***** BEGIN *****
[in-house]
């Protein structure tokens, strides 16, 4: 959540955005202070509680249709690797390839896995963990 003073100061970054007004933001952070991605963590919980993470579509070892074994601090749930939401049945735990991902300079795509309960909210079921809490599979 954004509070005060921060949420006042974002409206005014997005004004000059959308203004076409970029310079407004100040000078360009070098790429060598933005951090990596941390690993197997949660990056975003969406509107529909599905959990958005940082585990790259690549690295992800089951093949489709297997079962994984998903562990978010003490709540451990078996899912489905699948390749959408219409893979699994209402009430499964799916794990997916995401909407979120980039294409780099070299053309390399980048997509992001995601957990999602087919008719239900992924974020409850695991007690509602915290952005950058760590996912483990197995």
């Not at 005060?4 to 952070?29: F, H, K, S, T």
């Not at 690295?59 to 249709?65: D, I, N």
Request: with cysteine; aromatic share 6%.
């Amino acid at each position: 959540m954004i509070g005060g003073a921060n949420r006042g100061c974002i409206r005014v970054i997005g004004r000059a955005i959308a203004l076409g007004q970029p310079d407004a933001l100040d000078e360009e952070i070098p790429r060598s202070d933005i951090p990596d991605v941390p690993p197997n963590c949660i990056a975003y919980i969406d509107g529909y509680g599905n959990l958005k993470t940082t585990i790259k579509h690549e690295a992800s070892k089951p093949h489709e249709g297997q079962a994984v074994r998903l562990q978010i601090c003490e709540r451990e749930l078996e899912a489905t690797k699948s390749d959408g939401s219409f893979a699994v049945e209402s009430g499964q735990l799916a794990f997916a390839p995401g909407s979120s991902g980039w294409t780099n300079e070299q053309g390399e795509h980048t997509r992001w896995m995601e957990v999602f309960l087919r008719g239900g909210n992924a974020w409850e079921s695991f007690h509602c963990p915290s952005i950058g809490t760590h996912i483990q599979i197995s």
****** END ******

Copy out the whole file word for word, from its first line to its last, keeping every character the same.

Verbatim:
[in-house]
């Protein structure tokens, strides 16, 4: 959540955005202070509680249709690797390839896995963990 003073100061970054007004933001952070991605963590919980993470579509070892074994601090749930939401049945735990991902300079795509309960909210079921809490599979 954004509070005060921060949420006042974002409206005014997005004004000059959308203004076409970029310079407004100040000078360009070098790429060598933005951090990596941390690993197997949660990056975003969406509107529909599905959990958005940082585990790259690549690295992800089951093949489709297997079962994984998903562990978010003490709540451990078996899912489905699948390749959408219409893979699994209402009430499964799916794990997916995401909407979120980039294409780099070299053309390399980048997509992001995601957990999602087919008719239900992924974020409850695991007690509602915290952005950058760590996912483990197995």
């Not at 005060?4 to 952070?29: F, H, K, S, T």
């Not at 690295?59 to 249709?65: D, I, N």
Request: with cysteine; aromatic share 6%.
């Amino acid at each position: 959540m954004i509070g005060g003073a921060n949420r006042g100061c974002i409206r005014v970054i997005g004004r000059a955005i959308a203004l076409g007004q970029p310079d407004a933001l100040d000078e360009e952070i070098p790429r060598s202070d933005i951090p990596d991605v941390p690993p197997n963590c949660i990056a975003y919980i969406d509107g529909y509680g599905n959990l958005k993470t940082t585990i790259k579509h690549e690295a992800s070892k089951p093949h489709e249709g297997q079962a994984v074994r998903l562990q978010i601090c003490e709540r451990e749930l078996e899912a489905t690797k699948s390749d959408g939401s219409f893979a699994v049945e209402s009430g499964q735990l799916a794990f997916a390839p995401g909407s979120s991902g980039w294409t780099n300079e070299q053309g390399e795509h980048t997509r992001w896995m995601e957990v999602f309960l087919r008719g239900g909210n992924a974020w409850e079921s695991f007690h509602c963990p915290s952005i950058g809490t760590h996912i483990q599979i197995s």